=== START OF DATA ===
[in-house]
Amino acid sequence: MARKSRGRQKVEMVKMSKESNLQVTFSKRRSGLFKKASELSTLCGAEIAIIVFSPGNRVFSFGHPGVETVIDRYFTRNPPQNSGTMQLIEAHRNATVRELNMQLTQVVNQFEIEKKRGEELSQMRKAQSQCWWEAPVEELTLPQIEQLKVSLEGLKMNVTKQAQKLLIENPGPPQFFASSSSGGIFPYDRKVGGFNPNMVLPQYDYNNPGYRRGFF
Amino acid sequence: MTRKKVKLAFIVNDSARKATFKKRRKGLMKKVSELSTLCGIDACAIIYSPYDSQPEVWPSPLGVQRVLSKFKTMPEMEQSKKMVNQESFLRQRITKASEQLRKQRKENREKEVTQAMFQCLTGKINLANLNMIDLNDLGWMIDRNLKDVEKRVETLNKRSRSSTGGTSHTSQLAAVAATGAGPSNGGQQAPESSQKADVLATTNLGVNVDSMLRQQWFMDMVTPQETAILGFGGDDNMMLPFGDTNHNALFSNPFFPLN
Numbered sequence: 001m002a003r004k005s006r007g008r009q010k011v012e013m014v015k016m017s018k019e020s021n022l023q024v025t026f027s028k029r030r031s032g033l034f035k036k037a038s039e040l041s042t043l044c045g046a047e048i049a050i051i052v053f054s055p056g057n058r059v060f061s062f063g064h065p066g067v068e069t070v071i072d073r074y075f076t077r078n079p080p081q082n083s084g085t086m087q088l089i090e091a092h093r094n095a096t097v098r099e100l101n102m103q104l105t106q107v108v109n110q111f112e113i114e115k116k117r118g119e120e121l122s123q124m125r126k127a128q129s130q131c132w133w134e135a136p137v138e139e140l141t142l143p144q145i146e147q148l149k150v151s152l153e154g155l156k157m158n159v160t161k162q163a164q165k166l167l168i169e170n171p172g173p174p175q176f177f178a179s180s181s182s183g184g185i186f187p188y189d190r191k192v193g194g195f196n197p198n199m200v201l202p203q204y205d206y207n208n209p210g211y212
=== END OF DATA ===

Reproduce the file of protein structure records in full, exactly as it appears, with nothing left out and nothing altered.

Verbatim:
[in-house]
Amino acid sequence: MARKSRGRQKVEMVKMSKESNLQVTFSKRRSGLFKKASELSTLCGAEIAIIVFSPGNRVFSFGHPGVETVIDRYFTRNPPQNSGTMQLIEAHRNATVRELNMQLTQVVNQFEIEKKRGEELSQMRKAQSQCWWEAPVEELTLPQIEQLKVSLEGLKMNVTKQAQKLLIENPGPPQFFASSSSGGIFPYDRKVGGFNPNMVLPQYDYNNPGYRRGFF
Amino acid sequence: MTRKKVKLAFIVNDSARKATFKKRRKGLMKKVSELSTLCGIDACAIIYSPYDSQPEVWPSPLGVQRVLSKFKTMPEMEQSKKMVNQESFLRQRITKASEQLRKQRKENREKEVTQAMFQCLTGKINLANLNMIDLNDLGWMIDRNLKDVEKRVETLNKRSRSSTGGTSHTSQLAAVAATGAGPSNGGQQAPESSQKADVLATTNLGVNVDSMLRQQWFMDMVTPQETAILGFGGDDNMMLPFGDTNHNALFSNPFFPLN
Numbered sequence: 001m002a003r004k005s006r007g008r009q010k011v012e013m014v015k016m017s018k019e020s021n022l023q024v025t026f027s028k029r030r031s032g033l034f035k036k037a038s039e040l041s042t043l044c045g046a047e048i049a050i051i052v053f054s055p056g057n058r059v060f061s062f063g064h065p066g067v068e069t070v071i072d073r074y075f076t077r078n079p080p081q082n083s084g085t086m087q088l089i090e091a092h093r094n095a096t097v098r099e100l101n102m103q104l105t106q107v108v109n110q111f112e113i114e115k116k117r118g119e120e121l122s123q124m125r126k127a128q129s130q131c132w133w134e135a136p137v138e139e140l141t142l143p144q145i146e147q148l149k150v151s152l153e154g155l156k157m158n159v160t161k162q163a164q165k166l167l168i169e170n171p172g173p174p175q176f177f178a179s180s181s182s183g184g185i186f187p188y189d190r191k192v193g194g195f196n197p198n199m200v201l202p203q204y205d206y207n208n209p210g211y212